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NZ net migrants reach all-time high 63,700 in boom November

NZ net migrants reach all-time high 63,700 in boom November year for travel

By Jonathan Underhill

Dec. 21 (BusinessDesk) - New Zealand annual net migration hit a record for the 16th month in a row in November, led by students from India, while visitor arrivals and overseas trips by Kiwis both reached all-time highs.

The country welcomed a net 63,700 migrants in the 12 months ended Nov. 30, made up of a record 120,900 arrivals, up 11 percent from a year earlier, an 57,200 departures, down 3 percent, Statistics New Zealand said.

The data showed 47 percent of international migrants, 29,700, settled in Auckland, underlining the pressures on housing and infrastructure in New Zealand's biggest city, where home-building is running at about half the pace needed to meet demand. Canterbury was the next-biggest region, recording a 6,800 gain in international migrants. New Zealand welcomed a net 13,300 migrants from India in the year, 8,800 from China, 5,000 from the Philippines and 3,700 from the UK.

"Ongoing low departures and strength in arrivals will cause New Zealand's annual population growth rate to reach its highest pace since 1974," said Michael Gordon, senior economist at Westpac Banking Corp. "High population growth is helping to maintain a semblance of strong GDP growth. But at the same time, the preponderance of people in the labour market is keeping wage growth lower than it would otherwise be."

Gordon said he expects net immigration "will remain strong for some time yet."

Total visitor arrivals in November from the same month last year rose 11 percent to 300,500, led by visitors from China, Australia, the US, Korea and Taiwan. Annual visitor numbers rose 9 percent to a record 3.09 million, with Chinese visitors jumping by 87,400 to 344,900, while Australian visitors lifted 71,300 to 1.32 million and Americans increased by 21,100 to 240,000. Holidays were the most common reason to visit New Zealand, accounting for 1.53 million, while visiting friends and relatives was second at 941,100.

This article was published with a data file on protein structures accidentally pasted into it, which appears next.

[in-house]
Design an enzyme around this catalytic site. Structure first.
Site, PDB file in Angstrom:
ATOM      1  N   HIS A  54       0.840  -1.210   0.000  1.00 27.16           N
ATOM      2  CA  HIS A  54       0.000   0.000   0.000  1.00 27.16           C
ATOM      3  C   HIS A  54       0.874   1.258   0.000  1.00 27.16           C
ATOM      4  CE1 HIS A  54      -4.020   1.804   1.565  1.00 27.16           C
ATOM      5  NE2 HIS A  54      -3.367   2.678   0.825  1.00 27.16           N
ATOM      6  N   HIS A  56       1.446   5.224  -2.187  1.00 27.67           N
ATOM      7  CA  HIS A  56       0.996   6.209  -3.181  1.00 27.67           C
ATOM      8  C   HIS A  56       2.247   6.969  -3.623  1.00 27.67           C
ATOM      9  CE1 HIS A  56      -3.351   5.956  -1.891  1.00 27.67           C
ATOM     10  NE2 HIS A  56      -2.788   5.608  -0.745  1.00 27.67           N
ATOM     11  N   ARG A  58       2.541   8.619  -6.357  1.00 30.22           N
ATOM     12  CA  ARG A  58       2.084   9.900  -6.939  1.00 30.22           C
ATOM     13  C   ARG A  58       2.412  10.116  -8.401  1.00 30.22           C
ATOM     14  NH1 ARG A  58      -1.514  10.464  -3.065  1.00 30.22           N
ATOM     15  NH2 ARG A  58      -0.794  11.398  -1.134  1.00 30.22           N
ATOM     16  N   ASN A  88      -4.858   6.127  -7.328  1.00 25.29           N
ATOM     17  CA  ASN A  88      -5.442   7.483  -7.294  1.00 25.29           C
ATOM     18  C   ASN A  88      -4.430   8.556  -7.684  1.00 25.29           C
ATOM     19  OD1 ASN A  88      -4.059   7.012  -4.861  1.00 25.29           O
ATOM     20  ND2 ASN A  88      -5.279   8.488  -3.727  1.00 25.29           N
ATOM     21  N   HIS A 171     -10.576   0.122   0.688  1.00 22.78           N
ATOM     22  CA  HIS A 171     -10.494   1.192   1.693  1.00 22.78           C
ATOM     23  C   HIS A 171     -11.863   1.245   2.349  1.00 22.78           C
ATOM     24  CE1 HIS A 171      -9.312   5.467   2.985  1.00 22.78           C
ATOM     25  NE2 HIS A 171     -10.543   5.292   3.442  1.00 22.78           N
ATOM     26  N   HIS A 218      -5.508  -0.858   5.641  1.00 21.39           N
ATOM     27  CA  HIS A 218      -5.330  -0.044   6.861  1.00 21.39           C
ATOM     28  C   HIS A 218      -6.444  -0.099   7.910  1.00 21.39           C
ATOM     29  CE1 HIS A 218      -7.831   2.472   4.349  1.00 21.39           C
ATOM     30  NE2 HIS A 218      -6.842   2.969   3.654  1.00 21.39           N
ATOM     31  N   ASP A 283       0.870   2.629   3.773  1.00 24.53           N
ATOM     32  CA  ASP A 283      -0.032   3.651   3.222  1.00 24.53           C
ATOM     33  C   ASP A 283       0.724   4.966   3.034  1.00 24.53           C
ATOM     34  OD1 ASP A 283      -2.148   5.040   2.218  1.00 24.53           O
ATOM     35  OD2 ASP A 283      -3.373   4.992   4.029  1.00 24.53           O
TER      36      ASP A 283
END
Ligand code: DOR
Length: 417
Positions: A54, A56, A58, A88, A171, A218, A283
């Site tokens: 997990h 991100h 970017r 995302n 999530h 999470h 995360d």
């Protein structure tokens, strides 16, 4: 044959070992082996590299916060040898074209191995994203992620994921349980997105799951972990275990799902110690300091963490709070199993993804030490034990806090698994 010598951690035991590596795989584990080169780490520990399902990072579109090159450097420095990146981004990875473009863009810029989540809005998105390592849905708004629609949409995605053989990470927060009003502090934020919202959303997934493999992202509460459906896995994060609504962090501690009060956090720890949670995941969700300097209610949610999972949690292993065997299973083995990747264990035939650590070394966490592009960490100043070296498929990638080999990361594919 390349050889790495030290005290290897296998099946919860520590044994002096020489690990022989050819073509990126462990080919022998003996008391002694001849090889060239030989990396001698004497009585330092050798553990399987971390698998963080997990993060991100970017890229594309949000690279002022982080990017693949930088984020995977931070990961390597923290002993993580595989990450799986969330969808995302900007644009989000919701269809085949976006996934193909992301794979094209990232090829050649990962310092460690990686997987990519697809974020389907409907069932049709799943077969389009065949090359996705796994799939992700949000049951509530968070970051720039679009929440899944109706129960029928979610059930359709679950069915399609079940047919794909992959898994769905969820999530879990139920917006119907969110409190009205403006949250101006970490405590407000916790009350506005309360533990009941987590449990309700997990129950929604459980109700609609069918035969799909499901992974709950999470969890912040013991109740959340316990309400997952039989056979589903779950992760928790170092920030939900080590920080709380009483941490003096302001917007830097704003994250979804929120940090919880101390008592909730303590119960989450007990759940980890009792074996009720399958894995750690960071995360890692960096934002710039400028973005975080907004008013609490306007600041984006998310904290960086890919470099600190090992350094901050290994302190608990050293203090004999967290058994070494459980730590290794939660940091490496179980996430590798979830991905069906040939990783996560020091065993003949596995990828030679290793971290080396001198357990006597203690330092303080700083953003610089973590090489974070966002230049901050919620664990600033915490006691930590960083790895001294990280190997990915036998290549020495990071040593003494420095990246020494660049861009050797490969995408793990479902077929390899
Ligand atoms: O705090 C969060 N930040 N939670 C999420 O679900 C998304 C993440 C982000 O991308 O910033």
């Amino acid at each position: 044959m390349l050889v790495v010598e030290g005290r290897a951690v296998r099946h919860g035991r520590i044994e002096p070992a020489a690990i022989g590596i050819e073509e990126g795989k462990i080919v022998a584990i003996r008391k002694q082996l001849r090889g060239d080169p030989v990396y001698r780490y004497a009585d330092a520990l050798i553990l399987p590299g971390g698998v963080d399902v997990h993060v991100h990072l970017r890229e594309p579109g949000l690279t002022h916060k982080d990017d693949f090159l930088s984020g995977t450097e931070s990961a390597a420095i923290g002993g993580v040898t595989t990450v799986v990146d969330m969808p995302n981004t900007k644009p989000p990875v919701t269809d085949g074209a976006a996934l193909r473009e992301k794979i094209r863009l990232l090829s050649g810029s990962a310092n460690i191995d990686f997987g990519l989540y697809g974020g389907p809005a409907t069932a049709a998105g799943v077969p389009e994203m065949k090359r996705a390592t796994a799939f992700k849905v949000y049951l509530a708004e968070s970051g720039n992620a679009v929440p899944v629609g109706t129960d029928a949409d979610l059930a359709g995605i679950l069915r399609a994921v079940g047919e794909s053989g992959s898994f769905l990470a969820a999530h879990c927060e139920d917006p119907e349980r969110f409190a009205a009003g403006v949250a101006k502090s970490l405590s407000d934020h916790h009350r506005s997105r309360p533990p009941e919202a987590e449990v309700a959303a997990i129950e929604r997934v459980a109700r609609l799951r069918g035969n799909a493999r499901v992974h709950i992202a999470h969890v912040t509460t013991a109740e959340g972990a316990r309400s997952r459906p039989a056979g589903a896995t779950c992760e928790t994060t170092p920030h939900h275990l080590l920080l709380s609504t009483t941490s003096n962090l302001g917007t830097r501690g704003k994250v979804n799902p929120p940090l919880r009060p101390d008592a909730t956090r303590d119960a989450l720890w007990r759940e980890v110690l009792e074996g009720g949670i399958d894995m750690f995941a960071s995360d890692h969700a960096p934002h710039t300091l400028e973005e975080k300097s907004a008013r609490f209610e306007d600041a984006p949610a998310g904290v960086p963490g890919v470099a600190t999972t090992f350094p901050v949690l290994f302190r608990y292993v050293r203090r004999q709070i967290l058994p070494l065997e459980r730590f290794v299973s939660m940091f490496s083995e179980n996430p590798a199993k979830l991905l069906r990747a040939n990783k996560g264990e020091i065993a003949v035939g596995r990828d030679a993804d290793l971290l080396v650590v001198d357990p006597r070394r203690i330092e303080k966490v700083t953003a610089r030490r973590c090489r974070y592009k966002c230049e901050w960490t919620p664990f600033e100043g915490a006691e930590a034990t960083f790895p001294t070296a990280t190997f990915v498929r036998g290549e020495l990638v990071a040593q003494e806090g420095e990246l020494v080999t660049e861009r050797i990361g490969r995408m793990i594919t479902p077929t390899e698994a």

New Zealanders also had the travel bug in the latest year, with a record 2.39 million departing on overseas trips, up 6 percent on the year earlier. Australia was the most popular destination, with 1.1 million Kiwis crossing the Tasman in the November year, up 49,200 from a year earlier. The US ranked second, with 175,600, up 13,000, while 145,700 visited Fiji, up 17,500.

The decline in migrant departures in the year was mainly due to fewer New Zealanders leaving to live in Australia - a 12 percent drop to 21,300. There was a net gain of 400 migrants from Australia.


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